The pedestrian bridge between Tate Modern in the south and St. Pauls Cathedral was opened in 2000. Sir Norman Foster was able to convince the jury with a clear view of St. Pauls, because the supporting the suspension ropes are on the side next to the bridge. Foster developed the Millennium Bridge design together with Chris Wise from Arup. The 325 m long bridge stands on two pillars in the river Thames. Just two days after the opening, the bridge had to be closed due to horizontal vibrations. After installing vibration dampers, the Millennium Bridge was reopened in 2002.
The Bankside Power Station was rebuilt by Herzog & de Meuron's into the largest museum of modern art. The Tate Modern was opened in 2000. The Swiss architects obtained the former turbine hall in full hight. The northern part of the building is divided into floors, which are connected with escalators. The extension south of the power plant was also planned by Herzog & de Meuron and opened in 2016.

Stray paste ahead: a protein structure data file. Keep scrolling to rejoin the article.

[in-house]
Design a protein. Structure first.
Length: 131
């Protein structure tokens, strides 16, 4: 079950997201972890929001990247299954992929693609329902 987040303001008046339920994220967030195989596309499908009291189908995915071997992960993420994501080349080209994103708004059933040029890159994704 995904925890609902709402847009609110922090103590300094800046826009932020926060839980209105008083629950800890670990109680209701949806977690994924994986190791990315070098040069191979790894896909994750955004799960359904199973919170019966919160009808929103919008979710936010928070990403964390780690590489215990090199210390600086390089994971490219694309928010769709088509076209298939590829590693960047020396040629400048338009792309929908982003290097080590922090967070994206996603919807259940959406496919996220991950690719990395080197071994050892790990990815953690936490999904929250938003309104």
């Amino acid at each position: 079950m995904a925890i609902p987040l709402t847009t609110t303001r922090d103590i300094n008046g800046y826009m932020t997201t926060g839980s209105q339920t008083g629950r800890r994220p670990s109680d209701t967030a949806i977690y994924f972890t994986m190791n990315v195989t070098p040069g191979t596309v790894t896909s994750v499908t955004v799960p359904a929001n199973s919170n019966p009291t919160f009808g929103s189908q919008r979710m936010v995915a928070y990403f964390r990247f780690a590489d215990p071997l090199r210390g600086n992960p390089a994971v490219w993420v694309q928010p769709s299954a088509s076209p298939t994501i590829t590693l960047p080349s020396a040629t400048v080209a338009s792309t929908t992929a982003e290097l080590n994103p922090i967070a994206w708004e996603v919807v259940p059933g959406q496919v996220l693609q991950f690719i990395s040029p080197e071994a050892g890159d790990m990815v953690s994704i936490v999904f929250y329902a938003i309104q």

With the construction of Canary Wharf Station in 1999, the Docklands finally got an underground connection. Sir Norman Foster's futuristic station has an oval glass entrance and high ceilings made of light exposed concrete elements. The Jubilee Line underground station was built in an old harbor basin in open pit construction. It was intended to flood the water basin after the construction work, but for technical reasons a park was created above the station.
Liverpool Station was opened in 1874 by the Great Eastern Railway (GER). During the First World War, a bomb hit the station and killed 162 people. In 1992 the interior of the station was rebuilt. Liverpool Station is a central hub in the Crossrail construction project, which crosses central London in east-west direction. The tunnel project started in 2009 and is scheduled to open in 2020. Crossrail should also significantly shorten the travel time between Heathrow Airport and the City of London.